Sicard (died 839) was the Prince of Benevento from 832. He was the last prince of a united Benevento which covered most of the Mezzogiorno. On his death, the principality descended into civil war which split it permanently (except for very briefly under Pandulf Ironhead from 977 to 981). He was the son and successor of the Spoletan Sico.

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  • Sicard (died 839) was the Prince of Benevento from 832. He was the last prince of a united Benevento which covered most of the Mezzogiorno. On his death, the principality descended into civil war which split it permanently (except for very briefly under Pandulf Ironhead from 977 to 981). He was the son and successor of the Spoletan Sico. He warred against the Saracens and his neighbours continually, especially Sorrento, Naples, and Amalfi. He was the strongest military and economic power in the region. By the Pactum Sicardi of 4 July 836, he signed a five-year armistice with the three aforementioned cities and recognised the right of travel of their merchants. Nonetheless, war continued. In a war of 837 with Duke Andrew II of Naples, the latter called in the first Saracens as allies and a trend began, drawing more and more Moslems into Christian wars on the peninsula. He also captured Amalfi in 838 by sea. Despite his warmaking, he was also a builder. He built a new church in Benevento and to equip it with relics, rescued those of Saint Bartholomew, then in the Lipari Islands, from the Saracens by hiring some Amalfitan merchants to retrieve them. In his capture of Amalfi, he took the relics of Saint Trofimena, recently brought there from Minori, Italy. Sicard was assassinated in 839 and the treasurer Radelchis immediately proclaimed himself prince. But Sicard's brother, Siconulf, whom he had imprisoned, broke out and was proclaimed prince in Salerno; a ten-year civil war ensued. Sicard's wife Adelchisa's brother Guaifer of Salerno aided Siconulf. (en)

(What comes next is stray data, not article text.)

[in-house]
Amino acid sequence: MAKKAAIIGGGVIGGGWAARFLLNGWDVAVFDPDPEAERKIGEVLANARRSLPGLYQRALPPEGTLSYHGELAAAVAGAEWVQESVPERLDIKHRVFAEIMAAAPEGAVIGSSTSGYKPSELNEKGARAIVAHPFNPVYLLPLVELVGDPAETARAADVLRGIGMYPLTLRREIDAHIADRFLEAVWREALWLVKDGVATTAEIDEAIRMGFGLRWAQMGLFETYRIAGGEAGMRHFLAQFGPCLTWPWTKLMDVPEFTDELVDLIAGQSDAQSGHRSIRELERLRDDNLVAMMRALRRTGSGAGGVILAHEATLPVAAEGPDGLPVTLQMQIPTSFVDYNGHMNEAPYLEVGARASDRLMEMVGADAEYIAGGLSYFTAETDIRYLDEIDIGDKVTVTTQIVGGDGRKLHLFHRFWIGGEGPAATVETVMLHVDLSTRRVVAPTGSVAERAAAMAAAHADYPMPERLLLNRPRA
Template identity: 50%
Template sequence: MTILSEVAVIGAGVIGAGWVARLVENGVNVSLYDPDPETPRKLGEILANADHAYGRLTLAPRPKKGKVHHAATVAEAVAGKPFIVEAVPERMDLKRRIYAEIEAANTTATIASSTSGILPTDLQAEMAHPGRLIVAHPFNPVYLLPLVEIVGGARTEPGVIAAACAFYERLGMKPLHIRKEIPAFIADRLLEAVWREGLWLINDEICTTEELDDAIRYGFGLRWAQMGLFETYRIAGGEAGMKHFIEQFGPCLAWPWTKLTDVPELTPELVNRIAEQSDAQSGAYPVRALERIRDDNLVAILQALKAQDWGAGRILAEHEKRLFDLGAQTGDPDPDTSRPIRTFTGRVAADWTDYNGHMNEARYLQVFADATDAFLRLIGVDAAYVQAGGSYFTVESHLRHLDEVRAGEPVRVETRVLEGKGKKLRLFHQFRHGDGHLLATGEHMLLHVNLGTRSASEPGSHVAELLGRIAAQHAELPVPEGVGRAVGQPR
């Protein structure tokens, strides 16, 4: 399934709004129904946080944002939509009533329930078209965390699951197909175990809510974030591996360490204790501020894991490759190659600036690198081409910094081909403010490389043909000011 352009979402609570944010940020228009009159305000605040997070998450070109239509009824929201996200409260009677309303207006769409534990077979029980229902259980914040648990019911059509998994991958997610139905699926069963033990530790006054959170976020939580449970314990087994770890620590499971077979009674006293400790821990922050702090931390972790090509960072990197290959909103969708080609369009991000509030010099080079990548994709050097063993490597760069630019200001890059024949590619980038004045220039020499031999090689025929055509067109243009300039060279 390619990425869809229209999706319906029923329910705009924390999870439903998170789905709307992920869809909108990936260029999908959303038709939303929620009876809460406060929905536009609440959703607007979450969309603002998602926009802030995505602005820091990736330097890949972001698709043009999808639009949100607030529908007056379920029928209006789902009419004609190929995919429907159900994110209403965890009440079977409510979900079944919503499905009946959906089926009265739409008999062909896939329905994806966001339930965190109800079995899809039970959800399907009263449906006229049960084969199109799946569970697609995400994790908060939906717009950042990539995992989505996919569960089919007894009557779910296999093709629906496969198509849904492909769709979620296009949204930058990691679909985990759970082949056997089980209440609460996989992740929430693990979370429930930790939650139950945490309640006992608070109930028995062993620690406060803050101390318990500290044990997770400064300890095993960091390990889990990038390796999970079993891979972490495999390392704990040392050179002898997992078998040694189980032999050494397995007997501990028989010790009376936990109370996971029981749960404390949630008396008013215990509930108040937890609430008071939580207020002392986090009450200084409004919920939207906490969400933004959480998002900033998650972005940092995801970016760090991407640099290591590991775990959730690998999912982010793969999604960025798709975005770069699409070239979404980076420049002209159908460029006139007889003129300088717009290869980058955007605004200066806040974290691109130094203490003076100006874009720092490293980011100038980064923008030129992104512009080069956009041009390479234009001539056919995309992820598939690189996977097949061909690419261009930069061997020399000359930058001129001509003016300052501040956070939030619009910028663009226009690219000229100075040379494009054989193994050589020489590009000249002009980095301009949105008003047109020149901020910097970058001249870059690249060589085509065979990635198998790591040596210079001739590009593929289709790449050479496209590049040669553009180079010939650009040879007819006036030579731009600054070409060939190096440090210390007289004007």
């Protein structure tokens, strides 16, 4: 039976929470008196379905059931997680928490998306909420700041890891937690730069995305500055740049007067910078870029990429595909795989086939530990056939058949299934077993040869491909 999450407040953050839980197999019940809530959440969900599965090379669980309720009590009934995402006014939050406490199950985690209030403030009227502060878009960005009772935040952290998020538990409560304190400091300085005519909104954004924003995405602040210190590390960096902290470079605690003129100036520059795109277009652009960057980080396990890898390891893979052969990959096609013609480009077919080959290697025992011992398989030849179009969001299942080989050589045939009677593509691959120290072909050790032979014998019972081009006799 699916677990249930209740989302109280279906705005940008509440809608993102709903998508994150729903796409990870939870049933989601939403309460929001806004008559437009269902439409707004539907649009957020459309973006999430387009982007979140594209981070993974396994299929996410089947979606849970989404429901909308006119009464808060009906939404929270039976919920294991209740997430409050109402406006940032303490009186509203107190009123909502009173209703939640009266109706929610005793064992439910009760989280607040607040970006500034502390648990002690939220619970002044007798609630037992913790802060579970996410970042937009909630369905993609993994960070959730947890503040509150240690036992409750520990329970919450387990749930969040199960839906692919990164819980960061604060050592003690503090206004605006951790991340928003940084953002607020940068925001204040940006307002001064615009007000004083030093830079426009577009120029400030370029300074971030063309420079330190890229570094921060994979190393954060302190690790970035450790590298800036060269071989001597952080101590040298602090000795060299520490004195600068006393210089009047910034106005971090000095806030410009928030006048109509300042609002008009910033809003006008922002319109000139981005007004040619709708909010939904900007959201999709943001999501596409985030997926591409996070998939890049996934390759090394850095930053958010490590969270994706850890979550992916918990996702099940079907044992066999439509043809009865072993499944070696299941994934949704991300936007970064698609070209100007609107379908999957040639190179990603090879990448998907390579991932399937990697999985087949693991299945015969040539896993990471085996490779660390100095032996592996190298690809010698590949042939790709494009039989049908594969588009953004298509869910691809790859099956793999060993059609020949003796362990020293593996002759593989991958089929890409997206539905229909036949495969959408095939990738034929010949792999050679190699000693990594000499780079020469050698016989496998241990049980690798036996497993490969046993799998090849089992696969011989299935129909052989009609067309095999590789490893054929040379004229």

• Sicard (died 839) was the Prince of Benevento from 832. He was the last prince of a united Benevento which covered most of the Mezzogiorno. On his death, the principality descended into civil war which split it permanently (except for very briefly under Pandulf Ironhead from 977 to 981). He was the son and successor of the Spoletan Sico. He warred against the Saracens and his neighbours continually, especially Sorrento, Naples, and Amalfi. He was the strongest military and economic power in the region. By the Pactum Sicardi of 4 July 836, he signed a five-year armistice with the three aforementioned cities and recognised the right of travel of their merchants. Nonetheless, war continued. In a war of 837 with Duke Andrew II of Naples, the latter called in the first Saracens as allies and a trend began, drawing more and more Muslims into Christian wars on the peninsula. He also captured Amalfi in 838 by sea. Despite his warmaking, he was also a builder. He built a new church in Benevento and to equip it with relics, rescued those of Saint Bartholomew, then in the Lipari Islands, from the Saracens by hiring some Amalfitan merchants to retrieve them. In his capture of Amalfi, he took the relics of Saint Trofimena, recently brought there from Minori, Italy. Sicard was assassinated in 839 and the treasurer Radelchis immediately proclaimed himself prince. But Sicard's brother, Siconulf, whom he had imprisoned, broke out and was proclaimed prince in Salerno; a ten-year civil war ensued. Sicard's wife Adelchisa's brother Guaifer of Salerno aided Siconulf. (en)
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  • Sicard (died 839) was the Prince of Benevento from 832. He was the last prince of a united Benevento which covered most of the Mezzogiorno. On his death, the principality descended into civil war which split it permanently (except for very briefly under Pandulf Ironhead from 977 to 981). He was the son and successor of the Spoletan Sico. (en)
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  • Sicard of Benevento (en)
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